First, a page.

Where to begin? I was lucky in a sense that only six years after graduating from college, I went to work for a company designing junior sportswear that was manufactured in Asia. As a result of my travels, I met a factory owner in Singapore who offered a manufacturing opportunity with 120-day payment terms. I designed a collection of printed silk separates, found a NY-based rep (while holding down a full-time job) and the next thing I knew, I got the windows at Henri Bendel. What I didn’t know was business. I had to learn fast. All of the profits went back into the business each year because the company was growing at a fast pace. Most designers who try to make it on their own never think about this side of the business—managing employees, dealing with contractors, quality control and retailer issues. It’s almost like designing your collection is an afterthought! I highly recommend that aspiring designers intern at small companies to get a sense of what it’s really like to own your own business.

Francesca SterlacciWhat led you to develop the University of Fashion?
Three events inspired the founding of UoF.

When I was teaching at FIT, I was fortunate to have Geoffrey Beene as a student critic. While he marveled at how FIT students were so “hands-on,” he warned me that the “art & craft” of fashion design was in jeopardy due to the industry’s exporting of jobs to Asia. Later, as chair of FIT’s Fashion Design department, I saw it become reality. I couldn’t find teachers who had good enough technical skills to replace the ones that were retiring.

Also, while at FIT, I was involved in the admissions process. On Portfolio Day, aspiring designers presented their portfolio to a team of instructors for review. Since high school art programs were few and far between, many students were rejected simply because they didn’t have the right training in how to put a portfolio together. Many prospective talents missed an opportunity, though you could tell they oozed talent based on how they dressed and how they expressed their passion for fashion. I vowed to find a way to change that.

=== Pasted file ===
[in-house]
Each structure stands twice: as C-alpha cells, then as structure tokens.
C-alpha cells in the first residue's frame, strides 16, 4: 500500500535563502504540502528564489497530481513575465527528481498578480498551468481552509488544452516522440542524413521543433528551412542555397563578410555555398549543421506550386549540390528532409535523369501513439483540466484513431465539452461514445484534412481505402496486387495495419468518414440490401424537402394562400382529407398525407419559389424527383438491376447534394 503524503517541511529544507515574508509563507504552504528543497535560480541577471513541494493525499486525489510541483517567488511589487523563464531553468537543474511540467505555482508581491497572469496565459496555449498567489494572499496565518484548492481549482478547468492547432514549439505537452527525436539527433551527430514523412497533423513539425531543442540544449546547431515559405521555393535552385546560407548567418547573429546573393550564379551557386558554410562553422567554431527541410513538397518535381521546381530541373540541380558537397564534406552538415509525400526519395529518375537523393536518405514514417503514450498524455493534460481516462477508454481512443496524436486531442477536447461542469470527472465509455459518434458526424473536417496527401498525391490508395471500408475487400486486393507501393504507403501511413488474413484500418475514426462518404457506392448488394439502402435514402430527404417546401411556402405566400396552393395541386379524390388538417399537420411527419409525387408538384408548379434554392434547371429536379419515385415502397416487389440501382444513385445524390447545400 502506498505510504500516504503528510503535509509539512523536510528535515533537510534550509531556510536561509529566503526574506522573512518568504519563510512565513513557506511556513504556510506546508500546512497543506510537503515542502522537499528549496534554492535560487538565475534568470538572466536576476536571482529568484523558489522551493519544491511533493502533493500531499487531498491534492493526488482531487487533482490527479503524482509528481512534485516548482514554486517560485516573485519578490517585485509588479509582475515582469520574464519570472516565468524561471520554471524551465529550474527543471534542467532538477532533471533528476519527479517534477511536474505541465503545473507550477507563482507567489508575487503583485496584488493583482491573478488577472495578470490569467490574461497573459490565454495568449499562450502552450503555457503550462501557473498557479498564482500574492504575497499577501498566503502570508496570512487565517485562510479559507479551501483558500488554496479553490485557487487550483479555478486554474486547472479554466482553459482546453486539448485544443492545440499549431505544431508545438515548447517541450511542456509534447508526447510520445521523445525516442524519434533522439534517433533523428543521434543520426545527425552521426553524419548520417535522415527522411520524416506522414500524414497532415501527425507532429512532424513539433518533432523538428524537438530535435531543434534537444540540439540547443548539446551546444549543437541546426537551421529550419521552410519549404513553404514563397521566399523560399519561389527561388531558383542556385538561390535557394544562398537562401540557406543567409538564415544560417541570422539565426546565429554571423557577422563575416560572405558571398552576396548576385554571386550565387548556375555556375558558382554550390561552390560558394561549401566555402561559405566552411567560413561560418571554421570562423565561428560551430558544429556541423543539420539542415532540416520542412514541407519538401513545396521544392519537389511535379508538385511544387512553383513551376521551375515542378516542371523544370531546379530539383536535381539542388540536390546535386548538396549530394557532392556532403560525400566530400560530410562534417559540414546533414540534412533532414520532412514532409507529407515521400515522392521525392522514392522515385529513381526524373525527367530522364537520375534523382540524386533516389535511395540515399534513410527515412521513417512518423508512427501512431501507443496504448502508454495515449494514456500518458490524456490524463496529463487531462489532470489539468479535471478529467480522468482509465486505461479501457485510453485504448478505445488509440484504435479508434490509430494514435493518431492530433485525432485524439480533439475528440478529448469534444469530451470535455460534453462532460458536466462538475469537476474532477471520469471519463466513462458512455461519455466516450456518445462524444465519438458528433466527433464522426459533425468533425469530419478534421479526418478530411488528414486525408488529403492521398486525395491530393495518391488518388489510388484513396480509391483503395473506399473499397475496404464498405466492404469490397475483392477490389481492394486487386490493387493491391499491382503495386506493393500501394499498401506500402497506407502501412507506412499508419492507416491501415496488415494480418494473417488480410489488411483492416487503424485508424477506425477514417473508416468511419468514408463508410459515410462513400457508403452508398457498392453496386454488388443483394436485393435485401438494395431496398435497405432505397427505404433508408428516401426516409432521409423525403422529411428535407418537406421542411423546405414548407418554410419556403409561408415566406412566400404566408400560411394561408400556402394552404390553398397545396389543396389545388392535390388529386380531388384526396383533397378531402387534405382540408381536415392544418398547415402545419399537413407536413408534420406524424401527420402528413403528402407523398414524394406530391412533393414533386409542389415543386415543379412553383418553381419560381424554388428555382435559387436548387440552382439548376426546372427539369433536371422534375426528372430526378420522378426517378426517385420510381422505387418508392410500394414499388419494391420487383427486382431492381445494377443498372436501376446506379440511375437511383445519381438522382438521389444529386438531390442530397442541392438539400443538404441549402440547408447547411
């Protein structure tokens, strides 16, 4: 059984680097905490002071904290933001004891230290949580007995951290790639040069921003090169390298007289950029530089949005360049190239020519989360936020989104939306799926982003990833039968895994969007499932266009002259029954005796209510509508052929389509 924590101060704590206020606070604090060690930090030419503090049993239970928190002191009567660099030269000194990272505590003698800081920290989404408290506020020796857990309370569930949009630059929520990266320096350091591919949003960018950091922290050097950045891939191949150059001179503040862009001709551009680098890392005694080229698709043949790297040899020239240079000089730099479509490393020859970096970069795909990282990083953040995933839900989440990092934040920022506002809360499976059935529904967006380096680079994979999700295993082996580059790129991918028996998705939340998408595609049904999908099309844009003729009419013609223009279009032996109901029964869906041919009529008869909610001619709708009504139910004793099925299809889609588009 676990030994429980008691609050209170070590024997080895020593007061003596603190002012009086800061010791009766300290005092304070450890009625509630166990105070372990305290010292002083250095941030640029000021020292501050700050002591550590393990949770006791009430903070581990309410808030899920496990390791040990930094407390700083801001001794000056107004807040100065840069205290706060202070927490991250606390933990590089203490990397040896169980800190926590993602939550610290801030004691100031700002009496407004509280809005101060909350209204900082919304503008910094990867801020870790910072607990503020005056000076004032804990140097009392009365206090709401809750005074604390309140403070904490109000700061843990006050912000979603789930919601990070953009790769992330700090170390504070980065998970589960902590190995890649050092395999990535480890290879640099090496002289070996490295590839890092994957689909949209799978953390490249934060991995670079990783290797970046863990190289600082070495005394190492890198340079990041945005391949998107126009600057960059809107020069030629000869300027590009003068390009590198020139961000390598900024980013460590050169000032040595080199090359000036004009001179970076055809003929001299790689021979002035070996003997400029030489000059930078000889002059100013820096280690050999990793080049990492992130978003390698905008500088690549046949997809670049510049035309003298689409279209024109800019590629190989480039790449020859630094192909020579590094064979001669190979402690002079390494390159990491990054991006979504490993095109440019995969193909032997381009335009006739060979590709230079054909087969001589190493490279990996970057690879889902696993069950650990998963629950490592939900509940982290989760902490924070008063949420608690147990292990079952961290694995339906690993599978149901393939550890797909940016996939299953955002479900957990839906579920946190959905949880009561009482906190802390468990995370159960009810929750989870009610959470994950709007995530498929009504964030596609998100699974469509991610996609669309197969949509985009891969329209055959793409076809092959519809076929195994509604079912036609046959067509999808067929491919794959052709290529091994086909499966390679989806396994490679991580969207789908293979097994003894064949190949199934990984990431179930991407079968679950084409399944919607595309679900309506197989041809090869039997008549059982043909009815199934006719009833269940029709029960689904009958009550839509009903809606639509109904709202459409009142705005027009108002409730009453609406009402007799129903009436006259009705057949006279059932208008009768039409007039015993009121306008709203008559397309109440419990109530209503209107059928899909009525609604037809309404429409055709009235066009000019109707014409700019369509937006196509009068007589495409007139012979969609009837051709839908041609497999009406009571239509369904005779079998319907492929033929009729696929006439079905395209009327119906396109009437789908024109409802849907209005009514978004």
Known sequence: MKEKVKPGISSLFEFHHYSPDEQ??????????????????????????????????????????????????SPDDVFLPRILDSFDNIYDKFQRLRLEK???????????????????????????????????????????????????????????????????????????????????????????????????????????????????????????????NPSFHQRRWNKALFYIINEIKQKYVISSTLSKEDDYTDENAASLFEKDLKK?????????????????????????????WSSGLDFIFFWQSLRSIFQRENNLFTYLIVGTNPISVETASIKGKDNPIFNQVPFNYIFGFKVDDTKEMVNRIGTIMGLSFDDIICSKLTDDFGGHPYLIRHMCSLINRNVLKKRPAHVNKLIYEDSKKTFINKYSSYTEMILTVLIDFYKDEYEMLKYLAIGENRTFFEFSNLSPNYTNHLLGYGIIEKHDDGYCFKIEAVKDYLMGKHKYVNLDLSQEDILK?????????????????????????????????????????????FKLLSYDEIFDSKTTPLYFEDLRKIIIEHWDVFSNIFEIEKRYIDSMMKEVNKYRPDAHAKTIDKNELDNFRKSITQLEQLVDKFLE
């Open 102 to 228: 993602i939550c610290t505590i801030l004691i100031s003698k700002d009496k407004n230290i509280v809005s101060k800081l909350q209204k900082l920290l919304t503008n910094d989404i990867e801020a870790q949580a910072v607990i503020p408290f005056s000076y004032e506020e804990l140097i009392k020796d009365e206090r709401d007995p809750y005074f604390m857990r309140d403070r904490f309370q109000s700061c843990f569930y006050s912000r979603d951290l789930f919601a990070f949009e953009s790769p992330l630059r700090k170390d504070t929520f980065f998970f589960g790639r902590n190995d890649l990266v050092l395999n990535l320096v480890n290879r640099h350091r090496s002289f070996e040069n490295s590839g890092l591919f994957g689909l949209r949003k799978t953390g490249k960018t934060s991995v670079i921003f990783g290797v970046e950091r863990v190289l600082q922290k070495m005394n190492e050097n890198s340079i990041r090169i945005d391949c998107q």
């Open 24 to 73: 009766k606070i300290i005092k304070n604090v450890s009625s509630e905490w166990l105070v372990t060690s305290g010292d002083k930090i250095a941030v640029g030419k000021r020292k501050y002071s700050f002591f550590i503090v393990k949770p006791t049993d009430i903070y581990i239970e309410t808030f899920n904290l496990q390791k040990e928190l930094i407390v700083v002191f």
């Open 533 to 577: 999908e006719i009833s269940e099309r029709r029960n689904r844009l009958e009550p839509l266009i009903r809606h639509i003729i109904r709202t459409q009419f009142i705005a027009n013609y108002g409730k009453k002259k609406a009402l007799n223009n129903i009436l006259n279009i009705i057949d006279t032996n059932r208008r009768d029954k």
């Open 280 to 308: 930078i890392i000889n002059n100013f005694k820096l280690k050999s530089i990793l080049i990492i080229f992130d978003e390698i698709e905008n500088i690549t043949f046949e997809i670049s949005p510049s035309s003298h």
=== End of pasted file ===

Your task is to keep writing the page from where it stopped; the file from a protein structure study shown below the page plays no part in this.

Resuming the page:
In 2004, I relocated to Silicon Valley and began teaching graduate level fashion design at the Academy of Art San Francisco, first onsite and then online. While I was skeptical at first about the idea of teaching fashion design online, I soon became a convert. I saw the online world as the perfect solution. So I rallied the best college instructors and fashion industry professionals and founded the UoF to keep the art & craft alive, to provide everyone the opportunity to access fashion instruction and—most of all—to make it affordable. 

You’ve been an author and a teacher in addition to being a designer. Was one of those jobs harder than the others?
They have all been challenging, to be honest, but I am thoroughly enjoying the UoF since this will be my legacy. I love the role that the Internet is playing in the educational process and that UoF was an early adopter of technology in education.

What advice do you have for people who want to make fashion design their career?
Explore the UoF, try out a few lessons to see if you love fashion design. Fashion designers today don’t just design. They must know the business of fashion, as well as things like color theory, trend forecasting, fashion drawing and all of the technical disciplines. UoF is a great and affordable way to pick up basic skills as well as “test the water” of a fashion career.



how do I get free access to the lessons by my library card?

how do I get free access to the lessons by my library card?